Griffiths, from Curtin's School of Information Systems, is working on the development of the trusted applications to be packaged with the Mini SDV. "The trusted application environment is an operating system and set of applications configured to work with the unique protections of the Mini SDV," he said. "The protection offered by the security features of the device allows establishment of a portable trusted environment using any available PC as a host."
Secure Systems managing director, Peter James, said the device had been designed to meet the high demand from security-conscious organisations for a secure device that could be issued to customers or home-based/mobile employees. "The device allows an organisation to implement home-based or mobile working without compromising organisational security or trading security for functionality," he said.
According to James, "One of the main innovative features of the device is its ability to protect a trusted application in a secure storage area whilst ensuring no sensitive data remains on the host PC."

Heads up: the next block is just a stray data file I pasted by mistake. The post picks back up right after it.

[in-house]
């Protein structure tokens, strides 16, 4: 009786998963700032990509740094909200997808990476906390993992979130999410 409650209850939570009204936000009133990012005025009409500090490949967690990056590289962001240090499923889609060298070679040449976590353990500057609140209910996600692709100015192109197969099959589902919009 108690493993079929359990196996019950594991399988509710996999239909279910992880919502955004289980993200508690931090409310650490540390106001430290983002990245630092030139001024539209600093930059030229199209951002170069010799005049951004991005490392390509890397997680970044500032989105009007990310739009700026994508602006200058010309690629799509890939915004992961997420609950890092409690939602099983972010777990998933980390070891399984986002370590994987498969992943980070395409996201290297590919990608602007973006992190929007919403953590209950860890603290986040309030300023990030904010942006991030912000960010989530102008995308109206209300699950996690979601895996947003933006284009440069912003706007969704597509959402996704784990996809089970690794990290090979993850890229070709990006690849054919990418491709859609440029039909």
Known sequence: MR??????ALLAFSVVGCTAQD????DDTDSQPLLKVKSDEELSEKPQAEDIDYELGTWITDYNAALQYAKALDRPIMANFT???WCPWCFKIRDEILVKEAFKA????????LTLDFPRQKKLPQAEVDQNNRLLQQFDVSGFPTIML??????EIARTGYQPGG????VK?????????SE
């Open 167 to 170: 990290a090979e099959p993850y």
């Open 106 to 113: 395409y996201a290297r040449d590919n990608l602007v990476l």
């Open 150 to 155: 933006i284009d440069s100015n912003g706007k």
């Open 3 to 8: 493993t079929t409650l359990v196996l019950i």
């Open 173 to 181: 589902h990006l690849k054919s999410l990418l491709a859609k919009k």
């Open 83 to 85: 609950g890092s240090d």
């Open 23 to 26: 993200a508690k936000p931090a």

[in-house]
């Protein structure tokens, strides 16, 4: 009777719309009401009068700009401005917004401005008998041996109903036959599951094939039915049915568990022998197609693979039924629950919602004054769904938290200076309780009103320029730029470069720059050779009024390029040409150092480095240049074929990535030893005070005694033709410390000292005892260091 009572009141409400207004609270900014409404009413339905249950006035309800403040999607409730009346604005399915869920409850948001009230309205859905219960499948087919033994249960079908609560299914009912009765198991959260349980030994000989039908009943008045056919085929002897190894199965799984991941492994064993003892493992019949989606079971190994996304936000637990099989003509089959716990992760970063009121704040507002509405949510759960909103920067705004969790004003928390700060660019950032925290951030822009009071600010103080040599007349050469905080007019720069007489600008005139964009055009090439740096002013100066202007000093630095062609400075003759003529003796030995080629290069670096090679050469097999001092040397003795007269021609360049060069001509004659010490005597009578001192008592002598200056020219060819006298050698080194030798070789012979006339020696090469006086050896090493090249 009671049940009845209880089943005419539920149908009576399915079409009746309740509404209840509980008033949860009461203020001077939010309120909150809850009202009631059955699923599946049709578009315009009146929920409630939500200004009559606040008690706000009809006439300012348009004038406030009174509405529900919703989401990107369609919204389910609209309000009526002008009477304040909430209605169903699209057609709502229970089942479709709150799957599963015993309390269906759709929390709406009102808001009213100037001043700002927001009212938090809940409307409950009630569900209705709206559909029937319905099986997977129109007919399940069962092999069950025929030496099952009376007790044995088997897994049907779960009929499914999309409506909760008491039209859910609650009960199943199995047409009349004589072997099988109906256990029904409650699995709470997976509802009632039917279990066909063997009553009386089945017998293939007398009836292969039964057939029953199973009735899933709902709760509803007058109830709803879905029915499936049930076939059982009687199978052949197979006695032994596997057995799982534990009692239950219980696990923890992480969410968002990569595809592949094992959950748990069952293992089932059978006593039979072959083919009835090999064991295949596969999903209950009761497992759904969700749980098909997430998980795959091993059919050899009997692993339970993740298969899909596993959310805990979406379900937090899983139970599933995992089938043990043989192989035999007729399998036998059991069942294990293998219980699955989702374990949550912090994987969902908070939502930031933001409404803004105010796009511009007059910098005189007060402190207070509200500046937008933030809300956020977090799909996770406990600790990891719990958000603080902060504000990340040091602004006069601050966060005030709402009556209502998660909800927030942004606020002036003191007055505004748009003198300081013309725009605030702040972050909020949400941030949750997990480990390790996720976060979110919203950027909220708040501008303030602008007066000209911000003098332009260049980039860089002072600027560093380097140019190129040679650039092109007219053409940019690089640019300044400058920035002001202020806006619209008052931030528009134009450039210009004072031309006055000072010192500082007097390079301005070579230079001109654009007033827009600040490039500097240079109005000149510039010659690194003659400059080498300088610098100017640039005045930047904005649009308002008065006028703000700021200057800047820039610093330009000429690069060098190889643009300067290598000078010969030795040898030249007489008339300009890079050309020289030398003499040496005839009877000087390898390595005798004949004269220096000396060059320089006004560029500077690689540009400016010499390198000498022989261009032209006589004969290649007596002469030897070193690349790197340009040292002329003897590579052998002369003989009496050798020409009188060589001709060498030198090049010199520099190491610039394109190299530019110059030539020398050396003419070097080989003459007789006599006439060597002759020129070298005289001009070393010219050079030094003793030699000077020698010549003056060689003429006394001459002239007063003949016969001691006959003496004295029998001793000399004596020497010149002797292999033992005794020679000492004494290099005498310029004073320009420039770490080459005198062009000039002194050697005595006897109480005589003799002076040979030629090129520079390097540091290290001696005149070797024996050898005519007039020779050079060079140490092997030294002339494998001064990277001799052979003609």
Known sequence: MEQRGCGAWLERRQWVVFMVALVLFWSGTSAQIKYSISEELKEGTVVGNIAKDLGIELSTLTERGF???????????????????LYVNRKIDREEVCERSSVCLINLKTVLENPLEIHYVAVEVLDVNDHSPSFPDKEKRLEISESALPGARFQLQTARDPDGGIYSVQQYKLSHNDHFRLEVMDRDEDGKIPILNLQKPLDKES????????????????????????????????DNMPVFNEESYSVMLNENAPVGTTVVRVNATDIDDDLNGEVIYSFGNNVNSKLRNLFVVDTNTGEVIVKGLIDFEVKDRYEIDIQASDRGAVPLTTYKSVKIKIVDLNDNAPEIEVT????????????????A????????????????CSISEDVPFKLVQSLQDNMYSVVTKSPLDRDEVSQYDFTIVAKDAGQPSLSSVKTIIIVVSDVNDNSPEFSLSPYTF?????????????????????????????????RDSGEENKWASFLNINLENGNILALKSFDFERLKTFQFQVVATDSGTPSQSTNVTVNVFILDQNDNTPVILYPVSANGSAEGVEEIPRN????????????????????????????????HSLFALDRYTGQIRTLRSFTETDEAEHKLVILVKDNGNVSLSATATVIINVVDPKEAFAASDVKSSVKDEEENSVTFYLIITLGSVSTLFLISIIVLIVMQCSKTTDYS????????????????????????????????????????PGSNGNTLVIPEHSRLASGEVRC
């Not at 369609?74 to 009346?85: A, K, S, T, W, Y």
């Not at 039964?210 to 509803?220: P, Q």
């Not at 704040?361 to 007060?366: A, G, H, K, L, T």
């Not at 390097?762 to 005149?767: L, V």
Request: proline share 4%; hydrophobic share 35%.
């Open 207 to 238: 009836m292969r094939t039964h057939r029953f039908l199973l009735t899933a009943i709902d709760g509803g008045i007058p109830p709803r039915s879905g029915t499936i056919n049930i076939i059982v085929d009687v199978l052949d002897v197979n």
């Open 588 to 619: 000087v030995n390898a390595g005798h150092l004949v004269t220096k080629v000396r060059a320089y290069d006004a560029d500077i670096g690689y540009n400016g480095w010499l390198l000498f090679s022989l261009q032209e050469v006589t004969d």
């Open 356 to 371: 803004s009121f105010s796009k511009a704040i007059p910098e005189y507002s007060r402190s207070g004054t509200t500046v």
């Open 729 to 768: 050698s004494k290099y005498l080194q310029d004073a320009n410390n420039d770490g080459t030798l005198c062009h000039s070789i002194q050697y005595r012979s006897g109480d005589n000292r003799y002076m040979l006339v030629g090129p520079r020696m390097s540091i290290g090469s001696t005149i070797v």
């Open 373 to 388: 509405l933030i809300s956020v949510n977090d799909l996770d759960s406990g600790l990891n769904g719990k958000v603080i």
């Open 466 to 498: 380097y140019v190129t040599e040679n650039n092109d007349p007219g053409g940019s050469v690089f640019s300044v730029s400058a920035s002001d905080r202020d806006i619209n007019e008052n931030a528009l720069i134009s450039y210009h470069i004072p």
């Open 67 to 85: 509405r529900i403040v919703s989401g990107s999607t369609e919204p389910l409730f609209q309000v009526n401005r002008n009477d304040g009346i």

The device is expected be available to purchase from March 2010. Griffiths has received an Australian Government "Enterprise Connect Researchers in Business" grant to assist with its development.
Gemalto introduced secure USB memory
Meanwhile, Gemalto has released a USB memory stick designed to hold data securely yet let the authorised user access that data on any machine. Called the "Protiva Smart Guardian", it is a smart card enabled USB drive that. According to Gemalto, "For the first time [enables] mobile workers and their organisations [to] have the highest level of security available today – fully encrypted data on the fly." It is claimed to be multiple operating systems and to operate without the need for drivers."
You can read more stories on telecommunications in our newsletter ExchangeDaily, click here to sign up for a free trial...